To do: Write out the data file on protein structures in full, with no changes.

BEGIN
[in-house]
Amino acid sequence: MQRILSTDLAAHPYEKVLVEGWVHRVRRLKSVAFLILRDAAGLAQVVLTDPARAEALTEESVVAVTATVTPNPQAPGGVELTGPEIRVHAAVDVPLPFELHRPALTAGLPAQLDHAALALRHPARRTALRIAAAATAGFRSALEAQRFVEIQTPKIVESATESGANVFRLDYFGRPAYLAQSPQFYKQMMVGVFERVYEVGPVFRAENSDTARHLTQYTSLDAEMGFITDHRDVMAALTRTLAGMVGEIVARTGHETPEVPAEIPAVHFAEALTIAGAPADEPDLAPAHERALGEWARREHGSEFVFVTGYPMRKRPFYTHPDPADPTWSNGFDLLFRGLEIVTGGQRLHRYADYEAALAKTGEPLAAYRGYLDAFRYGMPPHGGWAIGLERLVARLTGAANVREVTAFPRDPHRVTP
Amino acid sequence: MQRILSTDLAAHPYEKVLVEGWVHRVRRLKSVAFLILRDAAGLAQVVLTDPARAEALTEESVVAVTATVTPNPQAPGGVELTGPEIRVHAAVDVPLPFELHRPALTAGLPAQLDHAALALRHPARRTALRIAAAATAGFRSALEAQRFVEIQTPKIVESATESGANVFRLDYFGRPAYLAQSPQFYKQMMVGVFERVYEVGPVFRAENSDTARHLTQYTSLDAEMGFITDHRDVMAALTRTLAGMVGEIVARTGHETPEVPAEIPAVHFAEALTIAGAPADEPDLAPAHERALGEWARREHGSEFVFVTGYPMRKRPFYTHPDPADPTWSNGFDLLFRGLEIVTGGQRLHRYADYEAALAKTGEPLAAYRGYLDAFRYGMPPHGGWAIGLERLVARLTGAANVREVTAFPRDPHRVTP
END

[in-house]
Amino acid sequence: MQRILSTDLAAHPYEKVLVEGWVHRVRRLKSVAFLILRDAAGLAQVVLTDPARAEALTEESVVAVTATVTPNPQAPGGVELTGPEIRVHAAVDVPLPFELHRPALTAGLPAQLDHAALALRHPARRTALRIAAAATAGFRSALEAQRFVEIQTPKIVESATESGANVFRLDYFGRPAYLAQSPQFYKQMMVGVFERVYEVGPVFRAENSDTARHLTQYTSLDAEMGFITDHRDVMAALTRTLAGMVGEIVARTGHETPEVPAEIPAVHFAEALTIAGAPADEPDLAPAHERALGEWARREHGSEFVFVTGYPMRKRPFYTHPDPADPTWSNGFDLLFRGLEIVTGGQRLHRYADYEAALAKTGEPLAAYRGYLDAFRYGMPPHGGWAIGLERLVARLTGAANVREVTAFPRDPHRVTP
Amino acid sequence: MQRILSTDLAAHPYEKVLVEGWVHRVRRLKSVAFLILRDAAGLAQVVLTDPARAEALTEESVVAVTATVTPNPQAPGGVELTGPEIRVHAAVDVPLPFELHRPALTAGLPAQLDHAALALRHPARRTALRIAAAATAGFRSALEAQRFVEIQTPKIVESATESGANVFRLDYFGRPAYLAQSPQFYKQMMVGVFERVYEVGPVFRAENSDTARHLTQYTSLDAEMGFITDHRDVMAALTRTLAGMVGEIVARTGHETPEVPAEIPAVHFAEALTIAGAPADEPDLAPAHERALGEWARREHGSEFVFVTGYPMRKRPFYTHPDPADPTWSNGFDLLFRGLEIVTGGQRLHRYADYEAALAKTGEPLAAYRGYLDAFRYGMPPHGGWAIGLERLVARLTGAANVREVTAFPRDPHRVTP